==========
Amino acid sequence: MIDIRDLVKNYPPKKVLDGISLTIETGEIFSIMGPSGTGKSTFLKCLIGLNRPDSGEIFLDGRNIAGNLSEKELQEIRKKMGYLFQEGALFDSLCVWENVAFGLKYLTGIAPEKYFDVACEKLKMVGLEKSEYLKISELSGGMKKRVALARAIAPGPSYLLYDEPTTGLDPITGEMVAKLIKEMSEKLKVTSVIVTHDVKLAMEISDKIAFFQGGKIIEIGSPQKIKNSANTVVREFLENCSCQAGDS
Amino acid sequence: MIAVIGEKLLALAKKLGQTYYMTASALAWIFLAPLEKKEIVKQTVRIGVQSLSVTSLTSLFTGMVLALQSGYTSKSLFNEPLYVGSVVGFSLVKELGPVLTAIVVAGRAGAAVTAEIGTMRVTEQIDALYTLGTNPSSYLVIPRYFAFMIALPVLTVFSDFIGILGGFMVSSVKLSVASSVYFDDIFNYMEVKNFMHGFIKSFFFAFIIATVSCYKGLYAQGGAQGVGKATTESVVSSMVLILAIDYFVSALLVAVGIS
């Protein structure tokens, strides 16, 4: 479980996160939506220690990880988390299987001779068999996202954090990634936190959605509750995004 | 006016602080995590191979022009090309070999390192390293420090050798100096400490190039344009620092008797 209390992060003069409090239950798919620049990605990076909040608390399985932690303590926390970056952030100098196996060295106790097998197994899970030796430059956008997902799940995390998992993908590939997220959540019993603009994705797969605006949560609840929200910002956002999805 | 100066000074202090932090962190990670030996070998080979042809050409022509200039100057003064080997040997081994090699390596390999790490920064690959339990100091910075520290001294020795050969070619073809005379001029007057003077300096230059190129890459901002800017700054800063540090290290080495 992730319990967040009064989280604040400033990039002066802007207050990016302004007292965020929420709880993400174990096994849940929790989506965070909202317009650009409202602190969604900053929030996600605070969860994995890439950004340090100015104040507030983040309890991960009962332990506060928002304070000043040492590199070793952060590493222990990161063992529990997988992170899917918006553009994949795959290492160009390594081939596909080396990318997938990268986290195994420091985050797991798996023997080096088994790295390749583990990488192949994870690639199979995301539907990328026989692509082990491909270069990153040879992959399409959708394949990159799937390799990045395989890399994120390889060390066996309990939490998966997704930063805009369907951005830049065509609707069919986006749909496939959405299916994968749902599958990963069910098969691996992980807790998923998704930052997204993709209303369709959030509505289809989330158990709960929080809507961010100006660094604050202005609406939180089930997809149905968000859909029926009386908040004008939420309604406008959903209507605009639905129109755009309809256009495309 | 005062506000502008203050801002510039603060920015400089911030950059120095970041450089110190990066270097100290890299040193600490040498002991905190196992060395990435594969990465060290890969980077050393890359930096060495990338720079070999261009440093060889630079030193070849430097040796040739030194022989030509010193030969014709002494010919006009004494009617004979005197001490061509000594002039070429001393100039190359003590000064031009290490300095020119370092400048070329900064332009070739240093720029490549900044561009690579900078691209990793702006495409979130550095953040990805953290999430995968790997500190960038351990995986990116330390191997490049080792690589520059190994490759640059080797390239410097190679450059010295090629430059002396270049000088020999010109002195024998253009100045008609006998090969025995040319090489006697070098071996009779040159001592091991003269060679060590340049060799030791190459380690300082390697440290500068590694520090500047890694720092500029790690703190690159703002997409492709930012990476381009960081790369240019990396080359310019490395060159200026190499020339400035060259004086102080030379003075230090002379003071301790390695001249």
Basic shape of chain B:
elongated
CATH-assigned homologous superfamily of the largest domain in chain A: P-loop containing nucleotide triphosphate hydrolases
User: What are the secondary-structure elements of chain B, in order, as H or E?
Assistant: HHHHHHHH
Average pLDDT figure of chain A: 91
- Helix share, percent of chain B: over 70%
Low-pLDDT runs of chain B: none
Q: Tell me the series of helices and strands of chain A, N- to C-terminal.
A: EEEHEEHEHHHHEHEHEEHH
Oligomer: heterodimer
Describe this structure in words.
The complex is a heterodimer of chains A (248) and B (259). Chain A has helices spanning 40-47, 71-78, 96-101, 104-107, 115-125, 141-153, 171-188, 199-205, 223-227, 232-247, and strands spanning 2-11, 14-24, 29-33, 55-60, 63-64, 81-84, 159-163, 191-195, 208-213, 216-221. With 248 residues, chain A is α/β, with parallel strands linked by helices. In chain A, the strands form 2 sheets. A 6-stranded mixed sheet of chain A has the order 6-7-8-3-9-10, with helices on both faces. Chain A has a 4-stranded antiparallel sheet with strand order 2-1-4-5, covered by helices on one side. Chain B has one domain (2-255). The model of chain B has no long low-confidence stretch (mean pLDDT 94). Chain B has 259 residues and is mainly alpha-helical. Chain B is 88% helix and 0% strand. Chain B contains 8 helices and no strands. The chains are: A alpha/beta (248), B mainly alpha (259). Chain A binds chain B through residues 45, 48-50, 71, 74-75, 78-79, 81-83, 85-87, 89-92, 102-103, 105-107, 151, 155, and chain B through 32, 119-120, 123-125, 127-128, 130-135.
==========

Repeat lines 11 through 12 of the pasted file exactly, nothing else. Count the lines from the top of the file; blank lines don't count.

Low-pLDDT runs of chain B: none
Q: Tell me the series of helices and strands of chain A, N- to C-terminal.